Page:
Dani people from the central highlands of western New Guinea
The New Zealand delegation, including Māori members, endorses the United Nations Declaration on the Rights of Indigenous Peoples in 2010.
Indigenous peoples march for their right to self-determination in Davao City (2008).
Indigenous protesters from Vale do Javari, one of the largest indigenous territories in Brazil
"Savages of Mokka and Their House in Formosa", pre-1945, Taiwan under Japanese rule
Helena Gualinga, an indigenous environmental and human rights activist
Native American dancer of the Save Our Ancestors Remains and Resources Indigenous Network Group (SOARRING) Foundation, a not-for-profit organization whose mission is to educate people about indigenous ways of life

Ainu people are an ethnic group indigenous to Hokkaidō, the Kuril Islands, and much of Sakhalin.

Far Eastern Federal District (highlighted)

Russian Far East

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Region in Northeast Asia.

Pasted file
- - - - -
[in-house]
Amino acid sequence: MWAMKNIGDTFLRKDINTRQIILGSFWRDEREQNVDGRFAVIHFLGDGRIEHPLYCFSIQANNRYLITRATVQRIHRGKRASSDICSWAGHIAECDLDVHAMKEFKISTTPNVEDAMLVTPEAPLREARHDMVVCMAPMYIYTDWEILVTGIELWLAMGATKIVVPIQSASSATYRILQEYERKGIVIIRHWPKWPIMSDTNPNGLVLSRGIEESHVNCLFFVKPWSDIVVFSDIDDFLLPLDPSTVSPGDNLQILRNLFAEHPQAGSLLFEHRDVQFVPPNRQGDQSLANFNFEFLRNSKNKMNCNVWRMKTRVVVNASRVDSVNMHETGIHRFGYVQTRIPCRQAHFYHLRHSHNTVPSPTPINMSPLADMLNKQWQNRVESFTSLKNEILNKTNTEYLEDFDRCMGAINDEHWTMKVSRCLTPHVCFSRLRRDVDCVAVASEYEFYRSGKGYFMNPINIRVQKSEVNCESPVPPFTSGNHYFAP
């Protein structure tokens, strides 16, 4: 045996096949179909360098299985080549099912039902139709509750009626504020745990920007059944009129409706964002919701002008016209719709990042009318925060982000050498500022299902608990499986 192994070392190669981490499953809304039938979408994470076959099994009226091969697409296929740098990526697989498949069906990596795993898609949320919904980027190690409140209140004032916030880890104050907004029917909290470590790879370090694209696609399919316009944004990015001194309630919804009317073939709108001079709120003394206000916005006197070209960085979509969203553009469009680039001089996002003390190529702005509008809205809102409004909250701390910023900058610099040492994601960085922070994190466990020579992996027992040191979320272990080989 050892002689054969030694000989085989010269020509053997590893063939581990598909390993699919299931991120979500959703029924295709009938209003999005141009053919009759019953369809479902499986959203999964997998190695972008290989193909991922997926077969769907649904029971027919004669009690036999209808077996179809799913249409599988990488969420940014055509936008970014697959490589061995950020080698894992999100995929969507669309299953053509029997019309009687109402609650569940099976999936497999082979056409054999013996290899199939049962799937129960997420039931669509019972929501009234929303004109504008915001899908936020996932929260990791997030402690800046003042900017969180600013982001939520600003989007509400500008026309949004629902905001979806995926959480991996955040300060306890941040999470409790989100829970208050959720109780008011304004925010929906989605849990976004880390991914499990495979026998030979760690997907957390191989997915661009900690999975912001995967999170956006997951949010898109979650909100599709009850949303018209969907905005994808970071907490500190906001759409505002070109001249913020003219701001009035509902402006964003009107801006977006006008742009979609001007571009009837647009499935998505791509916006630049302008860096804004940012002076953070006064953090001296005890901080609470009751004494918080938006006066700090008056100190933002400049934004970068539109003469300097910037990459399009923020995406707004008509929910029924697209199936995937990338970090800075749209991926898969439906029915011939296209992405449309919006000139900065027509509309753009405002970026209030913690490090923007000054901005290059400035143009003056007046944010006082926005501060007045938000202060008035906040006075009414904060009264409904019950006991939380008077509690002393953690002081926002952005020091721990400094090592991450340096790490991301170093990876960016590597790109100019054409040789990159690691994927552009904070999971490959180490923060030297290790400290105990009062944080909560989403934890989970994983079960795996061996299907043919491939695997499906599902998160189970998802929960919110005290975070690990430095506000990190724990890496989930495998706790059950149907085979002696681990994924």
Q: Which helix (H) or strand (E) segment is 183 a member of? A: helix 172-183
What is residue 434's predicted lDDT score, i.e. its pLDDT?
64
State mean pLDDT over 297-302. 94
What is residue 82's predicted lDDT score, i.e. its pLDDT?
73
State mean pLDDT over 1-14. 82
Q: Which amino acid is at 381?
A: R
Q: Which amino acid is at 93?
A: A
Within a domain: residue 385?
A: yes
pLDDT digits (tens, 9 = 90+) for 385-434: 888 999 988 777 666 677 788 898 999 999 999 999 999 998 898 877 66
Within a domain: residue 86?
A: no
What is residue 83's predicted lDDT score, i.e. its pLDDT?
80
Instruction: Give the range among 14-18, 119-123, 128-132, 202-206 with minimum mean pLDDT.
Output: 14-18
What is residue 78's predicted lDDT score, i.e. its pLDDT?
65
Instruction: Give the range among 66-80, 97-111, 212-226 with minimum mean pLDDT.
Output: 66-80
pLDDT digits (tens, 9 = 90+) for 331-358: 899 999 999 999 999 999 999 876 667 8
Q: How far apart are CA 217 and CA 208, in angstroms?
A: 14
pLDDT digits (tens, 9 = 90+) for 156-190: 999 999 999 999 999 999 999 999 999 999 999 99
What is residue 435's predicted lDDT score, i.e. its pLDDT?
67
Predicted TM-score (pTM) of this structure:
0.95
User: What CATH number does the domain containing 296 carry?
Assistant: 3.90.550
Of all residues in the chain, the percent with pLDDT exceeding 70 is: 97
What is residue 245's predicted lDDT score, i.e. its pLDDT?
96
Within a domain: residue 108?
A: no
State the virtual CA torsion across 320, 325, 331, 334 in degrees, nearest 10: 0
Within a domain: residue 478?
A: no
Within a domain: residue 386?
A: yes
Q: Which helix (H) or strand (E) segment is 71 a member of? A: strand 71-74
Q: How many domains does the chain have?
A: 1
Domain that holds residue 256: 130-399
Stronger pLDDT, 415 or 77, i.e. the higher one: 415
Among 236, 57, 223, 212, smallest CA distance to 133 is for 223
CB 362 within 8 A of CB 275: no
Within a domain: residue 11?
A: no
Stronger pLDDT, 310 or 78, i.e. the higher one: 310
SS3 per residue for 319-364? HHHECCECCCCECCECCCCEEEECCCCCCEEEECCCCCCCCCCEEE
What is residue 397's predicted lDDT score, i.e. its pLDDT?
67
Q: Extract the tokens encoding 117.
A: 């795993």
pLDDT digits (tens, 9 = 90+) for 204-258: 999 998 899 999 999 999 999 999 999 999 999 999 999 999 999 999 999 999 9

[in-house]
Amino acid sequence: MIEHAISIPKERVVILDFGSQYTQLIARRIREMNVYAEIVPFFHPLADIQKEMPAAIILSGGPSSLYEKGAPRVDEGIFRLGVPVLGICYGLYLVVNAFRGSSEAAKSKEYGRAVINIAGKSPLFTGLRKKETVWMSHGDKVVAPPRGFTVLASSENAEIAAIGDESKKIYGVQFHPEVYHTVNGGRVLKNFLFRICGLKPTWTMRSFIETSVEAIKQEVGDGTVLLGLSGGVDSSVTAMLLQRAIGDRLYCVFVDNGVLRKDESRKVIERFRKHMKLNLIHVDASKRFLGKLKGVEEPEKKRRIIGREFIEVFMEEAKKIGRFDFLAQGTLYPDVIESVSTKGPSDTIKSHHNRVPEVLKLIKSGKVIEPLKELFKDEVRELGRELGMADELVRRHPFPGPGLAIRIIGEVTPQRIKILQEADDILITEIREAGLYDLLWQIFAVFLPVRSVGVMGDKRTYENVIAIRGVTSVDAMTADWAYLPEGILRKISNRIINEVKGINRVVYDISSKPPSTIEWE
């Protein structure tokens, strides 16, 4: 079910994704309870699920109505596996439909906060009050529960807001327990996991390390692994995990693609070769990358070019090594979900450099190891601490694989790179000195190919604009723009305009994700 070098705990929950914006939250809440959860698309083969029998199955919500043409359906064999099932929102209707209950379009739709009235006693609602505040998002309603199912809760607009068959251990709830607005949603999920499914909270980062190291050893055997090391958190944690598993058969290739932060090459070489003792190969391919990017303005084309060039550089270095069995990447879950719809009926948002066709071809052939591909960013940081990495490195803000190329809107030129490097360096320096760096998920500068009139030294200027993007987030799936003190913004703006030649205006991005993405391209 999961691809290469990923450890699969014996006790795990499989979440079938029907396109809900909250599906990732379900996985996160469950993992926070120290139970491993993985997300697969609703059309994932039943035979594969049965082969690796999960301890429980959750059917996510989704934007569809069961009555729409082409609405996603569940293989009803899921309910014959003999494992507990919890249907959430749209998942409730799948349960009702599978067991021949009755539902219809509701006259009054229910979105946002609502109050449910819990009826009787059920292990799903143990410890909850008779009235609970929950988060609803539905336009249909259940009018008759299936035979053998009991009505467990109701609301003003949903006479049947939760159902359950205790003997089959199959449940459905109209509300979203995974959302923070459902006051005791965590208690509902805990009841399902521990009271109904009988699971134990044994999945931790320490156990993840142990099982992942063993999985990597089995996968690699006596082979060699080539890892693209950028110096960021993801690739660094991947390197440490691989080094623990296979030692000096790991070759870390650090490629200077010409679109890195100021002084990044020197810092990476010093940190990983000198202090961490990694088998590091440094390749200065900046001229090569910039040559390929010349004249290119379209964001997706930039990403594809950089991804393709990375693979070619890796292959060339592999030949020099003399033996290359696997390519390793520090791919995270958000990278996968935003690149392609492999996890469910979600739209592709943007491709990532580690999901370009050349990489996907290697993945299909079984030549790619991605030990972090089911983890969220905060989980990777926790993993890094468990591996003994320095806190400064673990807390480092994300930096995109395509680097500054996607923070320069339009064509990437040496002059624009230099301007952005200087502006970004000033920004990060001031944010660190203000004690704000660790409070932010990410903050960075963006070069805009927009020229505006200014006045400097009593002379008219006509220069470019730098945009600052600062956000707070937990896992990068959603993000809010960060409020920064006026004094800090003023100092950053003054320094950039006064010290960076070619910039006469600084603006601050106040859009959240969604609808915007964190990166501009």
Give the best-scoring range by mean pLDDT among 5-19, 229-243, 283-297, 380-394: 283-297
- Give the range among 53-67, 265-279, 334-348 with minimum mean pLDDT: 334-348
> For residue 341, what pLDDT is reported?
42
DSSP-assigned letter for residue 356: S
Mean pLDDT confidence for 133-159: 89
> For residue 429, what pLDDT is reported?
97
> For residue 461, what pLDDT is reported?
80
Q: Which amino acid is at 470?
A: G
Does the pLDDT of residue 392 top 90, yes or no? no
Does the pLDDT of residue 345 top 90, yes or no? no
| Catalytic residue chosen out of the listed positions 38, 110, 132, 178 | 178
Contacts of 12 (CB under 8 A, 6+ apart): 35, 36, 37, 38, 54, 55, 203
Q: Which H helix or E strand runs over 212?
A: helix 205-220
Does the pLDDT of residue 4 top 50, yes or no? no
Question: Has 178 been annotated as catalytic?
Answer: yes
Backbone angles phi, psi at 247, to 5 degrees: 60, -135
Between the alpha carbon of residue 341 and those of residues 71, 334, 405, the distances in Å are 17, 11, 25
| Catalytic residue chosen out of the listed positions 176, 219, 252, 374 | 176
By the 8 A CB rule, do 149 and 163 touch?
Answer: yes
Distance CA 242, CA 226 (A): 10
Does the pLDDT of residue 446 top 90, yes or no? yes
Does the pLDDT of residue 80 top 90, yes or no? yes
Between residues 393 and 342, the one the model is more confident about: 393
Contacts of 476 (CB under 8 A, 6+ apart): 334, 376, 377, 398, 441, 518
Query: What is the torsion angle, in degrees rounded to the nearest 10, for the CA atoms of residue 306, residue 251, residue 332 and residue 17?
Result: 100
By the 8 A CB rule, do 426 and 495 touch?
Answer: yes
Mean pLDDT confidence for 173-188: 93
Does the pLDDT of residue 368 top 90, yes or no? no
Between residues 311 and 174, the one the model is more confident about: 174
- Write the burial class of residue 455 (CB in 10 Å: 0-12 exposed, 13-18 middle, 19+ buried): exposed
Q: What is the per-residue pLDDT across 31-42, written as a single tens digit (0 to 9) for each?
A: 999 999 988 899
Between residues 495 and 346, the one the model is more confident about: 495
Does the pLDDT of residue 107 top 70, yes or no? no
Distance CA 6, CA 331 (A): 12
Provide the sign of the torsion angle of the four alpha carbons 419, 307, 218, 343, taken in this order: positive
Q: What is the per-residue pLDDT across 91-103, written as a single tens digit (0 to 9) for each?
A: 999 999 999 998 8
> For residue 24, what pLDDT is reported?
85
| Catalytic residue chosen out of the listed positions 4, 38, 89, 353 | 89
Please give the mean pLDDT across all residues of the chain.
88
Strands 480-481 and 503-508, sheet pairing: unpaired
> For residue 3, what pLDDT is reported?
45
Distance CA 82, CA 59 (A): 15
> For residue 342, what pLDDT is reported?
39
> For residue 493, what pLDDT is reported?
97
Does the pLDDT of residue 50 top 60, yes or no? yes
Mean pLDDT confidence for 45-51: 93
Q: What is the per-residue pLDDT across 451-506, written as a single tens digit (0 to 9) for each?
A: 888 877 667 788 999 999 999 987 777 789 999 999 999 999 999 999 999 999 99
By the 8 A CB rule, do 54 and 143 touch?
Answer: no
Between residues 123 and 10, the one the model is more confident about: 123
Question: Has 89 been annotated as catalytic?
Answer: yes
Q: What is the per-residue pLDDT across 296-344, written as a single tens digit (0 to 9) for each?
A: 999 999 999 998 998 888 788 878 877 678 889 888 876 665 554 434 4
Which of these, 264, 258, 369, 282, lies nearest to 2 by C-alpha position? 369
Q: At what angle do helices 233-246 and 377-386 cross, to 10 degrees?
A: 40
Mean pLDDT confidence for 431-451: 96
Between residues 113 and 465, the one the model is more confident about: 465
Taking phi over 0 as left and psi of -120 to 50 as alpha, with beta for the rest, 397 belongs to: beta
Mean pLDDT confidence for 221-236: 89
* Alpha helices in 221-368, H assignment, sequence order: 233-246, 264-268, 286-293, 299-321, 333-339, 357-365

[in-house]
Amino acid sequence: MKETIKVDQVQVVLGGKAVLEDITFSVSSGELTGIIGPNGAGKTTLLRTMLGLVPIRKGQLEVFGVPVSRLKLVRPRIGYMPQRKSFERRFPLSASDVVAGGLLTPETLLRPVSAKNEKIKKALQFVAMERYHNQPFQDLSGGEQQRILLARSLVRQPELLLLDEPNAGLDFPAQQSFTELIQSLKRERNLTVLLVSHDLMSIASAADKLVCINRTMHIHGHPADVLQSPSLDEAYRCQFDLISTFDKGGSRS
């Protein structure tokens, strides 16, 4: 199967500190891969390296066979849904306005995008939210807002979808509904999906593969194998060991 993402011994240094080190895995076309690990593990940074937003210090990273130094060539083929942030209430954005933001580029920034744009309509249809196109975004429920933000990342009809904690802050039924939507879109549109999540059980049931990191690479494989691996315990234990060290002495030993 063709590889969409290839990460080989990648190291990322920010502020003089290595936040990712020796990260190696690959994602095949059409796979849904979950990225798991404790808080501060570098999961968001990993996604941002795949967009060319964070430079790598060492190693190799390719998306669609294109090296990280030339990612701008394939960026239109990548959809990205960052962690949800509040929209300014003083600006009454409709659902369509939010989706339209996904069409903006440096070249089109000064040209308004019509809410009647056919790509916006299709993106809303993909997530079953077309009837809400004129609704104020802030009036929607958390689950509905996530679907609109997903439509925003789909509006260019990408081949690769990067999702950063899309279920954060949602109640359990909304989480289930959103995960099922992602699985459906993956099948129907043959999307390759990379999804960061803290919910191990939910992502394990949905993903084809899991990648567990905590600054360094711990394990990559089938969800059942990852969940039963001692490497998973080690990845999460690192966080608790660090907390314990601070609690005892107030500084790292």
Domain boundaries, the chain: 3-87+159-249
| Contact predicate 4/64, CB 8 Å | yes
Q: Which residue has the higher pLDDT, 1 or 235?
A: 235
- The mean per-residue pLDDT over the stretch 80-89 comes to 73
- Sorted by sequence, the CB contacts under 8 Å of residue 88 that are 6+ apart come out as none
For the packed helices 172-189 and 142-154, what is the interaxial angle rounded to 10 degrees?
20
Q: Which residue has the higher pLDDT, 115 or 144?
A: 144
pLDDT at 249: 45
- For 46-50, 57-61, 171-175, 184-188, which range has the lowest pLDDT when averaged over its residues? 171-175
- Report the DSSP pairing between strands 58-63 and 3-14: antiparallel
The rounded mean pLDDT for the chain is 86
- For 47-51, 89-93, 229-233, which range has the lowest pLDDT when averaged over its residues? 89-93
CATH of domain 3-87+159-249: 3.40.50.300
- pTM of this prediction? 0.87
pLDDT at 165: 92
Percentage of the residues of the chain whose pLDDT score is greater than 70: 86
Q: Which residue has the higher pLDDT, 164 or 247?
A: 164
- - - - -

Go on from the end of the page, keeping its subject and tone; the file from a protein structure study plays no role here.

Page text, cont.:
Region in Northeast Asia.

Far Eastern Federal District (highlighted)
On the Amur in Khabarovsk
Koryaksky volcano in Kamchatka
Sikhote-Alin is the home to Amur tigers
Vladivostok in the early 1900s
Annual procession with the Albazin icon of Theotokos, Jewish Autonomous Region (2013)
Number and share of Ukrainians in the population of the regions of the RSFSR (1926 census)
Students in Vladivostok celebrating St. Tatyana's Day, or Russian Students Day (2009)
Graph depicting population change in the Russian Far East
Vladivostok in 2015
Transportation on the Lena River (2004)

The Soviet Union also occupied and annexed the Kuril Islands and southern Sakhalin.

Isolate: Yukaghirs, Nivkhs, Ainus

Ainu in Russia

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Indigenous people of Siberia located in Sakhalin Oblast, Khabarovsk Krai and Kamchatka Krai.

Indigenous people of Siberia located in Sakhalin Oblast, Khabarovsk Krai and Kamchatka Krai.

Kuril Ainu people within their traditional dwelling, 1903
Sakhalin Ainu men, photographed by Bronisław Piłsudski
Rapuri, Kuril Ainu bird skin coat

The Russian Ainu people (Aine; айны), also called Kurile (курилы, kurily), Kamchatka's Kurile (камчатские курилы, kamchatskiye kurily / камчадальские айны, kamchadalskiye ayny) or Eine (эйны, eyny), can be subdivided into six groups.

The Ainu emphasize that they are the original inhabitants of the Kurile islands and that both the Japanese and Russians were invaders.